So far, gen:LOCK’s technology has been mixed. The civilian technology seems at least possible, maybe even likely, but the guided nanotechnology is certainly a much harder sell. What about the actual gen:LOCK technology itself? When can we finally get in the robot?
Well, the good news is that the mechs themselves are the easy part! If you absolutely need to pilot an armored mech now, you can go drive a tank around for a while. If you want something more humanoid, last year a Japanese man built a bipedal mech that he can climb into and use levers to control its arms and legs. It’s not as glamorous or awe-inspiring as gen:LOCK’s mechs, but, by 2068, it isn’t too far fetched to imagine it as one of the first ancestors of a sleeker, more agile mech.
The problem with gen:LOCK technology is the concept of mind transference. Creating an electronic brain capable of storing a human mind isn’t completely out of the realm of possibility (even if the download speed probably wouldn’t be the 30THz the in-series tech boasts–some of the fastest modern CPUs only run at 5GHz, less than one one-hunderdth of a percent of the aforementioned 30THz). Even at a slower speed, it’s still feasible.
Instead, the biggest issue is with the transference medium. In order to transfer to a Holon (the show’s term for mechs), the pilot must lay down in a pool of deforming, amost rubbery material that seems to contain the circuitry that transfers their consciousness.
From what I researched, there is nothing even remotely close to this in modern technology. The fluid is able to deform like the pseudopods of an amoeba, and it seems to have circuitry for the download and upload processes, which means that it’s conductive but somehow doesn’t allow electricity to leak out to other circuits or the pilot.
Even if the fluid was explained away as just being a calming bath, mat of silicon, or pretty much any other material with waterproof electrodes hidden inside or something, that leaves the final issue: the upload.
With current technology, downloading a human mind seems like something that could actually be possible relatively soon. Just study a person’s brain and how the synapses fire in response to set stimuli, then save the results to a giant memory stick.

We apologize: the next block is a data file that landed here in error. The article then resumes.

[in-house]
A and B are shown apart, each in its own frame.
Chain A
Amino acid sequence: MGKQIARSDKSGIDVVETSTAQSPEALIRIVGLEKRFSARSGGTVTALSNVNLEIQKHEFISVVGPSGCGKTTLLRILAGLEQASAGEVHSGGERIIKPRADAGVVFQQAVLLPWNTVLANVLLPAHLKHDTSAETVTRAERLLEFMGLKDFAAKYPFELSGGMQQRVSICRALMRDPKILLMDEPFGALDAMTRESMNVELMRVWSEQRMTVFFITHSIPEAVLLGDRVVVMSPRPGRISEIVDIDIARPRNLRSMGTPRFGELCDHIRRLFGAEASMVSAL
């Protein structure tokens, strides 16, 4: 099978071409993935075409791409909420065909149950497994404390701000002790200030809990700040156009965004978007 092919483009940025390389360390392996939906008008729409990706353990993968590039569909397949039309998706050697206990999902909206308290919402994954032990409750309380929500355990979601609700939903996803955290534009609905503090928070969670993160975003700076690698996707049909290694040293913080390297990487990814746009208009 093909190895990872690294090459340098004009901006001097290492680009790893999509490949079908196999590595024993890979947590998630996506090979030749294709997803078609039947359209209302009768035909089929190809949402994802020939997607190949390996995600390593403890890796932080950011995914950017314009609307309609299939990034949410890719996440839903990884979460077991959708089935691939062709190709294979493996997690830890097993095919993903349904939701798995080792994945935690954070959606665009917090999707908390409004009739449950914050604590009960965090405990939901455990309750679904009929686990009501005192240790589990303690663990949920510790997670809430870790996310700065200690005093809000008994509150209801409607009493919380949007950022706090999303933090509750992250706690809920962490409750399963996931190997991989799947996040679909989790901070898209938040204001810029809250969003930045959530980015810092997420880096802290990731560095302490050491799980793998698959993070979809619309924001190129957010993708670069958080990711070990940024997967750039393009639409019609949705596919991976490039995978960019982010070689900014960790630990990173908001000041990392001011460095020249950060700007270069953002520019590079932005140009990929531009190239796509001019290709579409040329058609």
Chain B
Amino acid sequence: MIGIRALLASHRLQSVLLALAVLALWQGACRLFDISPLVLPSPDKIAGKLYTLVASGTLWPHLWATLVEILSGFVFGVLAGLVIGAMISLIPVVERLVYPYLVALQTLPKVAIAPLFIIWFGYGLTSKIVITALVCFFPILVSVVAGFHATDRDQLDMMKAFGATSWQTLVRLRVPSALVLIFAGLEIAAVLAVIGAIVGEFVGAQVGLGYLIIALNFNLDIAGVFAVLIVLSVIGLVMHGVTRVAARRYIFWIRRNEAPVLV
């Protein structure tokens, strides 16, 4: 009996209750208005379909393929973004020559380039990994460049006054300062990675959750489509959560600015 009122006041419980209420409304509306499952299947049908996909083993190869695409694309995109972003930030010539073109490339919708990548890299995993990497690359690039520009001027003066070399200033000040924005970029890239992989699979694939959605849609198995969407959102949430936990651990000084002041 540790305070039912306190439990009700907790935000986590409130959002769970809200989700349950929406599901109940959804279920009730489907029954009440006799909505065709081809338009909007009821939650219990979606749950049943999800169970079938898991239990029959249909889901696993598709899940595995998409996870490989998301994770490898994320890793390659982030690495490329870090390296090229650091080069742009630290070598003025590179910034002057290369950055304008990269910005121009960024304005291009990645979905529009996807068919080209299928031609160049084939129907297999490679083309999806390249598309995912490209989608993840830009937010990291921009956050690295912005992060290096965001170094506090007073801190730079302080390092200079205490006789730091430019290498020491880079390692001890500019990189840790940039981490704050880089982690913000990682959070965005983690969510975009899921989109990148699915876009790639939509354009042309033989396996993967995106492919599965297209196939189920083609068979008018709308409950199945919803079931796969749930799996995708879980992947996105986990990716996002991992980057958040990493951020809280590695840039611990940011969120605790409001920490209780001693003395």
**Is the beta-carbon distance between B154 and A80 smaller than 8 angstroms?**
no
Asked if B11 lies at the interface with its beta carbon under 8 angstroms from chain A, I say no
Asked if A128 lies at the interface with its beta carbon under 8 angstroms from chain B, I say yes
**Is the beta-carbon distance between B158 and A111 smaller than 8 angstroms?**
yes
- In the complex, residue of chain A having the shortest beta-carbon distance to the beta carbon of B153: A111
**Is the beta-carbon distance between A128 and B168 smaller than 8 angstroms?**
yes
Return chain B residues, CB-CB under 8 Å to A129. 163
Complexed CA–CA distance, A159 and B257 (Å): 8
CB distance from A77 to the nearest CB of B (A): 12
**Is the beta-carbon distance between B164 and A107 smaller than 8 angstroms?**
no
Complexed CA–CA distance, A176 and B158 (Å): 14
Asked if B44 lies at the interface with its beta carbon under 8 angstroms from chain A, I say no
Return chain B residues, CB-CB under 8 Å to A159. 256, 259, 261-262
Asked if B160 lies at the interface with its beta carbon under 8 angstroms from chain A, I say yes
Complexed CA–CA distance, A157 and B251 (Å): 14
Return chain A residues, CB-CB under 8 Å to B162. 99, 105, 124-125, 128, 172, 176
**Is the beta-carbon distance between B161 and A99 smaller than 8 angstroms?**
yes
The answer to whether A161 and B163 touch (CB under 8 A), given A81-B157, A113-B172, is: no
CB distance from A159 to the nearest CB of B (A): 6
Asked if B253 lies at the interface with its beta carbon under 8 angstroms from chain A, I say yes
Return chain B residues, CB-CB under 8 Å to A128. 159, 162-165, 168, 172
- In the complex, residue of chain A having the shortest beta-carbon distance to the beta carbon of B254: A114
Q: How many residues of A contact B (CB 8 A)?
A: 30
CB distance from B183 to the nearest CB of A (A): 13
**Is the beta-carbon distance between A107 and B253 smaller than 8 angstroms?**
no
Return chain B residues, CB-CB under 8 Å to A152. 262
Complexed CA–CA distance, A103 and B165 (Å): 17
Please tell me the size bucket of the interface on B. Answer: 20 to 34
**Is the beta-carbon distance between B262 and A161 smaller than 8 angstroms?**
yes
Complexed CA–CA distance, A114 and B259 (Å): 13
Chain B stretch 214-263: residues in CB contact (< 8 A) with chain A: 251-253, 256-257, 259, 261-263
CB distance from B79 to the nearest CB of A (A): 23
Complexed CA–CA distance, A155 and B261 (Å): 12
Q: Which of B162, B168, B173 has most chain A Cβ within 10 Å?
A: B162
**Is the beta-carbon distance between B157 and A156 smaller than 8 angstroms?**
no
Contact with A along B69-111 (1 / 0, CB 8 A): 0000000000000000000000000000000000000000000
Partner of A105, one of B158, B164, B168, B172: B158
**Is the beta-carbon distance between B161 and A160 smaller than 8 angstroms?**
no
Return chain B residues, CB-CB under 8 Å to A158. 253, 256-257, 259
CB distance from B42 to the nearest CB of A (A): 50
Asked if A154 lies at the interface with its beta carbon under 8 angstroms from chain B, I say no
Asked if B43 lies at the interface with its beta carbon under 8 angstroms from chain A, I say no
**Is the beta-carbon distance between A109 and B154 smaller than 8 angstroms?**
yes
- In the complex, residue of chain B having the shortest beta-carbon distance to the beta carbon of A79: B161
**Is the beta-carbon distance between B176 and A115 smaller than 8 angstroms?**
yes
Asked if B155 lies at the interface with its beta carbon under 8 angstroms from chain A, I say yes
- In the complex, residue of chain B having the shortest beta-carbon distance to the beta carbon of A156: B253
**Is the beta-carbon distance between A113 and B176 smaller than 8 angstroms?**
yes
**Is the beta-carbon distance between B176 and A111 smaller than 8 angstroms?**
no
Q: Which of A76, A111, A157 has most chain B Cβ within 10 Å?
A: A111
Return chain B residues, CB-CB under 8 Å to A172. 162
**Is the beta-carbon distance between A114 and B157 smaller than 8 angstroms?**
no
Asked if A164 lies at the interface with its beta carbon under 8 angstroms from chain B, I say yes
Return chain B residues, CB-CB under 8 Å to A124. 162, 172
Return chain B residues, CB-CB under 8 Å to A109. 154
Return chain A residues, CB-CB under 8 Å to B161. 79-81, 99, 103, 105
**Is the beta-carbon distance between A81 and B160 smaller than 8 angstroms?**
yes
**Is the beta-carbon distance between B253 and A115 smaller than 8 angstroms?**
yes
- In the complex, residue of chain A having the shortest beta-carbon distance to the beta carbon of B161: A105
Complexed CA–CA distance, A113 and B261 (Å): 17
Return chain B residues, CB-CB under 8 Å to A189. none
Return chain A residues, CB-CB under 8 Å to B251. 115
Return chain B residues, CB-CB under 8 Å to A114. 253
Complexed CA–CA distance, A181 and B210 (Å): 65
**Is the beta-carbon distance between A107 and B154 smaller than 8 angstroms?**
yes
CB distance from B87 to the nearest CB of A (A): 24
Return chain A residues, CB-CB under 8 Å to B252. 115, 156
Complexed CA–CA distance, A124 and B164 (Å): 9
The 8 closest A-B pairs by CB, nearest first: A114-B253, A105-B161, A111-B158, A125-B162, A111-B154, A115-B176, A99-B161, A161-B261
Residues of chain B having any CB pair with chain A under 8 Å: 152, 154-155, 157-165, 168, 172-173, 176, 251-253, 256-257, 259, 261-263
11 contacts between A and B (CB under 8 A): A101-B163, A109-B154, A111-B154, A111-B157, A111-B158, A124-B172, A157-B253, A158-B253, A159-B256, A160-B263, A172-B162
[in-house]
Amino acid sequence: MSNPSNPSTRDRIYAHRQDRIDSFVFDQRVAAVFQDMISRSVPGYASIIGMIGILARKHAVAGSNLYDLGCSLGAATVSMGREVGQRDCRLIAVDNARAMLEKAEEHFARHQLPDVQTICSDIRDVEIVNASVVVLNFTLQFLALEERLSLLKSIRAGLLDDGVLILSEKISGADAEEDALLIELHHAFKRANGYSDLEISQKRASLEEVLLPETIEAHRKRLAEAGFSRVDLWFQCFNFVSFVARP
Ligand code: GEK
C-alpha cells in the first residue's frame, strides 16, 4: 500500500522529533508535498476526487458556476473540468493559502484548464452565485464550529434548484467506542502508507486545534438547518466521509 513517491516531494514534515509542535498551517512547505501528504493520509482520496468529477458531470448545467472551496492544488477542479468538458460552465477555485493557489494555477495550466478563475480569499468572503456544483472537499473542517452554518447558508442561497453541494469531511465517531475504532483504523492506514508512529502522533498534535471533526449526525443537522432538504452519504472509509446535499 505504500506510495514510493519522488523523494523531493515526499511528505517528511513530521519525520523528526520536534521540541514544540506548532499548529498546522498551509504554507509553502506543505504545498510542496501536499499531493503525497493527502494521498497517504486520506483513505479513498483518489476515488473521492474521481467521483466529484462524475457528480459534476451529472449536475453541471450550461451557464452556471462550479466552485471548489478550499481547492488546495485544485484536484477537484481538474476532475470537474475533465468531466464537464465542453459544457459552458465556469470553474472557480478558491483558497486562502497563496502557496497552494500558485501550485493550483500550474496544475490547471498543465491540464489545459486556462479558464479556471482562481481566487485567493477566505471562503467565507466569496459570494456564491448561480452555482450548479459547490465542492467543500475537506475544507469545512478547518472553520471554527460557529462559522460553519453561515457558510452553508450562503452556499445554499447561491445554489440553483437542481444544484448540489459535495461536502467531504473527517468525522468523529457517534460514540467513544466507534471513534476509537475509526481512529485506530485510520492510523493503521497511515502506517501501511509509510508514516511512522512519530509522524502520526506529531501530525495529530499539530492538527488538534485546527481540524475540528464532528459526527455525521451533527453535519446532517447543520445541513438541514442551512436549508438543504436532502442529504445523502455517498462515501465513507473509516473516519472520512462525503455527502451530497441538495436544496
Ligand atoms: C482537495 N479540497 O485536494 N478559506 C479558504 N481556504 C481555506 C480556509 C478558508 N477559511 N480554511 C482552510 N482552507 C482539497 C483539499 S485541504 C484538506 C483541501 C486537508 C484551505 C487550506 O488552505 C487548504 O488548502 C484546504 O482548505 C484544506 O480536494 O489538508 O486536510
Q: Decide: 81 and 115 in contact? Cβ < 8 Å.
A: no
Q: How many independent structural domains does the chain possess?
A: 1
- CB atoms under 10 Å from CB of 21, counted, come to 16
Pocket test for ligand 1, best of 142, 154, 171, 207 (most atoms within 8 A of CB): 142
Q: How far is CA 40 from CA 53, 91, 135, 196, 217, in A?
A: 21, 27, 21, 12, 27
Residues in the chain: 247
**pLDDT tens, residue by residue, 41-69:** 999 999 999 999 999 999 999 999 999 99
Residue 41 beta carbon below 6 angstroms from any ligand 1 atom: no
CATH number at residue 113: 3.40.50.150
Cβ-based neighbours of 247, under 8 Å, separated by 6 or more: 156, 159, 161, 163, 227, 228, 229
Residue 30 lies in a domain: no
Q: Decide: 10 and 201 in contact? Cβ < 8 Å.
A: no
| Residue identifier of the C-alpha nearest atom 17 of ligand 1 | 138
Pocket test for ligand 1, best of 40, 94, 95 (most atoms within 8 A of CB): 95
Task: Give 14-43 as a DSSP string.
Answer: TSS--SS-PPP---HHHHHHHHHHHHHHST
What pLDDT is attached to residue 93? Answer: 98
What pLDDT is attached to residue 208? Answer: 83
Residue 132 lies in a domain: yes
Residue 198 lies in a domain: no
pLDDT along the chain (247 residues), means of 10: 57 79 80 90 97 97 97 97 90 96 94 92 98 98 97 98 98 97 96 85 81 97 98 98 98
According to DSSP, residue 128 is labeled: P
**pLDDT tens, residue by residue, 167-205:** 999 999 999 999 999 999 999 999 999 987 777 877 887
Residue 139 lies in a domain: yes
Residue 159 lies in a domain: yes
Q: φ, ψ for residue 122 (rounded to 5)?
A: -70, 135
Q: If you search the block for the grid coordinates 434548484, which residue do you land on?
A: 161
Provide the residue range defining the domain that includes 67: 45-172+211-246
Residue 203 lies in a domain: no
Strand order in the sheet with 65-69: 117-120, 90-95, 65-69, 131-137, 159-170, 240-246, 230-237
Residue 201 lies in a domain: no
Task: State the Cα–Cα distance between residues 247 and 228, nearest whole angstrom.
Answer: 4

Uploading the person back to their body is another matter, since it brings a litany of questions about how the process works, including but not limited to:
1. Whether the brain fully shuts down while the pilot is uploaded, and, if so, what happens to involuntary bodily processes like breathing.
2. What does it mean to re-upload the person’s brain back to their body, when all of the synapses are already in place, so nothing needs to change?
3. How is gen:LOCK different for the human body than sleep or a coma?
Fortunately, this is one problem that might be easier to fix in the real world. Conceptually, when the brain is being copied during the download process, the original shouldn’t actually be losing anything. So once the mission is over, just wipe the brain in the Holon and wake the original back up. Depending on how the process works precisely, the original might even be awake to watch their copy fight, effectively resulting in a temporary copy of the pilot’s mind in each piloting instance. No need to worry about upload time or protecting the electronic brain outside of trying to minimize resource cost.
Essentially, the logistics of transferring a human brain is the only thing stopping us, and people are already working on how to digitize the human mind. If someone can figure out a way to map a person’s brain and put it in a computer as robotics continues advancing and giving us more sophistocated bipedal robots, then, in terms of technology, there is nothing standing between us and eventually piloting giant mechs.
Sure, we’ll have the ethical dilemmas of creating effective immortality, becoming capable of copying sentient beings at will, and the issues with deleting sentiant beings every time we want to take a walk in our mechs, but on the other hand: giant robots.
Kevin Matyi is a freelance features writer for Crunchyroll. He’s been watching anime for as long as he can remember, and his favorite shows tend to be shonen and other action series.
This article was originally published on Crunchyroll.